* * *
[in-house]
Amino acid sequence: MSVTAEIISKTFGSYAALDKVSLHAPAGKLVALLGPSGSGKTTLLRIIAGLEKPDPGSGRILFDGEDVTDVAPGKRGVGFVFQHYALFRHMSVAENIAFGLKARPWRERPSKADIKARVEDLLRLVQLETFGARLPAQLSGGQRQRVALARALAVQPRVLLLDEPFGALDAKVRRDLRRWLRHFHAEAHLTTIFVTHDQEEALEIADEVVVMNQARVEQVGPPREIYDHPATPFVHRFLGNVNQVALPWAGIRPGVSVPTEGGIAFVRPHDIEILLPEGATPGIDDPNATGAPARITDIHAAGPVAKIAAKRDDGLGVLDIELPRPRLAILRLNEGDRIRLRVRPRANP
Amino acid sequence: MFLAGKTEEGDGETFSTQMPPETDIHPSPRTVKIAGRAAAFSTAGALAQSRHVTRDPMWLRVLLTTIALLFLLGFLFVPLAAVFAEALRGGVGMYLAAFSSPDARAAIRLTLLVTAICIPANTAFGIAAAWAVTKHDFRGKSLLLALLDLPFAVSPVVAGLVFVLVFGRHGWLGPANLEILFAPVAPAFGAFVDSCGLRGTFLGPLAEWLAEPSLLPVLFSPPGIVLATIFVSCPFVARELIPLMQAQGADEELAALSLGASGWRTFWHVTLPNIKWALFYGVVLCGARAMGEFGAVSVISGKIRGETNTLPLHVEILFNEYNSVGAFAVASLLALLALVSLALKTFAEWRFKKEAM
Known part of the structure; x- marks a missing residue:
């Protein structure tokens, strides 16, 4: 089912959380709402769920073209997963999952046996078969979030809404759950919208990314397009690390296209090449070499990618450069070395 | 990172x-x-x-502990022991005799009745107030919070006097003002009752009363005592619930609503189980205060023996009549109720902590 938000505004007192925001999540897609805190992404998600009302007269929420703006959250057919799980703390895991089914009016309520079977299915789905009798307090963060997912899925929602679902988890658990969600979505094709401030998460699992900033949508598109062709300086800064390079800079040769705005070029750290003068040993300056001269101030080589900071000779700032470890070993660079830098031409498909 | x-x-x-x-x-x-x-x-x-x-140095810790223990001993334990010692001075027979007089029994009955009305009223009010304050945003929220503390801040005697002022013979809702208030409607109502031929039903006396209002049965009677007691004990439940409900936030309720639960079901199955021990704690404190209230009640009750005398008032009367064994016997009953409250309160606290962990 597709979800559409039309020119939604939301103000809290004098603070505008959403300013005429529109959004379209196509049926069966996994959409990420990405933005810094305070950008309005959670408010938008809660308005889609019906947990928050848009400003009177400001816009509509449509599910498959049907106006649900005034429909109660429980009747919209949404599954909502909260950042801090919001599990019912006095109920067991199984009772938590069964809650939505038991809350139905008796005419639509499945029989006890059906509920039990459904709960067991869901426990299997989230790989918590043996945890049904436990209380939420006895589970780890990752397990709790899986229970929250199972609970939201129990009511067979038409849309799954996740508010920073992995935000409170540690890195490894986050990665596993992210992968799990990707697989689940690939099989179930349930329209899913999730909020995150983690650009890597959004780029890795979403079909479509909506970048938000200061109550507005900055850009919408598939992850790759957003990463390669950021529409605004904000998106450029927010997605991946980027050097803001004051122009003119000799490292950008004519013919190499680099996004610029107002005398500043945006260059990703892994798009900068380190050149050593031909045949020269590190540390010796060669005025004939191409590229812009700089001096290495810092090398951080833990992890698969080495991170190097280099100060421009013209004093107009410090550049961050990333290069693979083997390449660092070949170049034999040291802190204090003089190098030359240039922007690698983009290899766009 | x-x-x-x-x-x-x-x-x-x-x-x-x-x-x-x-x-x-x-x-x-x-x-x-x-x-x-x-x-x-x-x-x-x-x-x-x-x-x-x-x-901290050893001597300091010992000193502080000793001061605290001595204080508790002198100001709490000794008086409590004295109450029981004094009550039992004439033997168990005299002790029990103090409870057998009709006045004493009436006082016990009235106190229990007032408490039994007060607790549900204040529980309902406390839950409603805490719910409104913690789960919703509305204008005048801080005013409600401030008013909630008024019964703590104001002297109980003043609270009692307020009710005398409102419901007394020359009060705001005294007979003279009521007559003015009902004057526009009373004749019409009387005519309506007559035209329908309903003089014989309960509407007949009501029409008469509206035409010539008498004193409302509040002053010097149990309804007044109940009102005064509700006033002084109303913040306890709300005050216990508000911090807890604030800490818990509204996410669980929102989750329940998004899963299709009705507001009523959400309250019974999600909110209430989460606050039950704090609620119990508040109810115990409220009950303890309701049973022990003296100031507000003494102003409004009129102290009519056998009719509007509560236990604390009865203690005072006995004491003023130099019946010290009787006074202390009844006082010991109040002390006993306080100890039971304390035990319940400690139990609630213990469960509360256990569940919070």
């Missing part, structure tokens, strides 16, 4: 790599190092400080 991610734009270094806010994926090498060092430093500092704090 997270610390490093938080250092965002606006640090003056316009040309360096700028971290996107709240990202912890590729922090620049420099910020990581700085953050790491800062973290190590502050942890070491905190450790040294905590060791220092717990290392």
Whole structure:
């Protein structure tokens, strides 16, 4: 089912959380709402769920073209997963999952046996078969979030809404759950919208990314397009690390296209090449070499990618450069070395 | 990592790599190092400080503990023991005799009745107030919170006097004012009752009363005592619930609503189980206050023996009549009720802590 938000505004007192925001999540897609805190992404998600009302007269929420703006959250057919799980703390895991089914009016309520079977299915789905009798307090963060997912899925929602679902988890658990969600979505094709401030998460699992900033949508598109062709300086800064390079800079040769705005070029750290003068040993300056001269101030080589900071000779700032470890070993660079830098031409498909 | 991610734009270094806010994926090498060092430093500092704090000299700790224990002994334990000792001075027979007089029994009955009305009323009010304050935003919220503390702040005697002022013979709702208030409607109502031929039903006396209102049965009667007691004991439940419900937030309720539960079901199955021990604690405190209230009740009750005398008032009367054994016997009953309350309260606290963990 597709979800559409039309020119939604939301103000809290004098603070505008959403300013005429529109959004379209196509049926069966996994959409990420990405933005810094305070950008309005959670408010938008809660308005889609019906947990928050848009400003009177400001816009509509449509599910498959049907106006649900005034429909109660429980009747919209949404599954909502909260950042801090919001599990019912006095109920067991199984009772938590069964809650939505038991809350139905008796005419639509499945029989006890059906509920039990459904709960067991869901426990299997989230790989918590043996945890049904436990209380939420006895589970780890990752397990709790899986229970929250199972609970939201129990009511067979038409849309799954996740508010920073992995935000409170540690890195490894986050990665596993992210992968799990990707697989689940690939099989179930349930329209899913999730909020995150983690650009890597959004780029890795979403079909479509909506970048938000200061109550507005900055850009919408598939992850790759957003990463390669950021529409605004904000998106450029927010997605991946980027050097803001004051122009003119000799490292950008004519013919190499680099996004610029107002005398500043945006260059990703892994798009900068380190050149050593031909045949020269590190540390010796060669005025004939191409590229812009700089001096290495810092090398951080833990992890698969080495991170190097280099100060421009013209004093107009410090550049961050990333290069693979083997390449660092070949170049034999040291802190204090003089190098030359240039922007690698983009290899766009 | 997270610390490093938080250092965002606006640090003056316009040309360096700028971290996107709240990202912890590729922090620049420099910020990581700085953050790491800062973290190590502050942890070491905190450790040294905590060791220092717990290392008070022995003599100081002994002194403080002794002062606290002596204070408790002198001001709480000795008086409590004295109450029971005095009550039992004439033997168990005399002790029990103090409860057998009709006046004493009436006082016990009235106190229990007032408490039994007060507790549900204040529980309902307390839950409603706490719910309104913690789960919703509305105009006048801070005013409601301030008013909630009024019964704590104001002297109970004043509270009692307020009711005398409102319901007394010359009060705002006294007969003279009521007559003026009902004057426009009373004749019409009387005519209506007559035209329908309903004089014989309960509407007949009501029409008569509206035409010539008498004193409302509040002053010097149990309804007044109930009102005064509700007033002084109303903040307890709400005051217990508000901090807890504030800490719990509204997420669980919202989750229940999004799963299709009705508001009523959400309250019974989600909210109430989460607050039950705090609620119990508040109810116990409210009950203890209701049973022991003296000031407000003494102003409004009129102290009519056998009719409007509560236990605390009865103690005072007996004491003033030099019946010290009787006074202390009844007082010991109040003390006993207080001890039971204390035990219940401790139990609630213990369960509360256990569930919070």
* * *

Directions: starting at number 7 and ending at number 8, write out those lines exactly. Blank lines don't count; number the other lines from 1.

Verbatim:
Whole structure:
């Protein structure tokens, strides 16, 4: 089912959380709402769920073209997963999952046996078969979030809404759950919208990314397009690390296209090449070499990618450069070395 | 990592790599190092400080503990023991005799009745107030919170006097004012009752009363005592619930609503189980206050023996009549009720802590 938000505004007192925001999540897609805190992404998600009302007269929420703006959250057919799980703390895991089914009016309520079977299915789905009798307090963060997912899925929602679902988890658990969600979505094709401030998460699992900033949508598109062709300086800064390079800079040769705005070029750290003068040993300056001269101030080589900071000779700032470890070993660079830098031409498909 | 991610734009270094806010994926090498060092430093500092704090000299700790224990002994334990000792001075027979007089029994009955009305009323009010304050935003919220503390702040005697002022013979709702208030409607109502031929039903006396209102049965009667007691004991439940419900937030309720539960079901199955021990604690405190209230009740009750005398008032009367054994016997009953309350309260606290963990 597709979800559409039309020119939604939301103000809290004098603070505008959403300013005429529109959004379209196509049926069966996994959409990420990405933005810094305070950008309005959670408010938008809660308005889609019906947990928050848009400003009177400001816009509509449509599910498959049907106006649900005034429909109660429980009747919209949404599954909502909260950042801090919001599990019912006095109920067991199984009772938590069964809650939505038991809350139905008796005419639509499945029989006890059906509920039990459904709960067991869901426990299997989230790989918590043996945890049904436990209380939420006895589970780890990752397990709790899986229970929250199972609970939201129990009511067979038409849309799954996740508010920073992995935000409170540690890195490894986050990665596993992210992968799990990707697989689940690939099989179930349930329209899913999730909020995150983690650009890597959004780029890795979403079909479509909506970048938000200061109550507005900055850009919408598939992850790759957003990463390669950021529409605004904000998106450029927010997605991946980027050097803001004051122009003119000799490292950008004519013919190499680099996004610029107002005398500043945006260059990703892994798009900068380190050149050593031909045949020269590190540390010796060669005025004939191409590229812009700089001096290495810092090398951080833990992890698969080495991170190097280099100060421009013209004093107009410090550049961050990333290069693979083997390449660092070949170049034999040291802190204090003089190098030359240039922007690698983009290899766009 | 997270610390490093938080250092965002606006640090003056316009040309360096700028971290996107709240990202912890590729922090620049420099910020990581700085953050790491800062973290190590502050942890070491905190450790040294905590060791220092717990290392008070022995003599100081002994002194403080002794002062606290002596204070408790002198001001709480000795008086409590004295109450029971005095009550039992004439033997168990005399002790029990103090409860057998009709006046004493009436006082016990009235106190229990007032408490039994007060507790549900204040529980309902307390839950409603706490719910309104913690789960919703509305105009006048801070005013409601301030008013909630009024019964704590104001002297109970004043509270009692307020009711005398409102319901007394010359009060705002006294007969003279009521007559003026009902004057426009009373004749019409009387005519209506007559035209329908309903004089014989309960509407007949009501029409008569509206035409010539008498004193409302509040002053010097149990309804007044109930009102005064509700007033002084109303903040307890709400005051217990508000901090807890504030800490719990509204997420669980919202989750229940999004799963299709009705508001009523959400309250019974989600909210109430989460607050039950705090609620119990508040109810116990409210009950203890209701049973022991003296000031407000003494102003409004009129102290009519056998009719409007509560236990605390009865103690005072007996004491003033030099019946010290009787006074202390009844007082010991109040003390006993207080001890039971204390035990219940401790139990609630213990369960509360256990569930919070």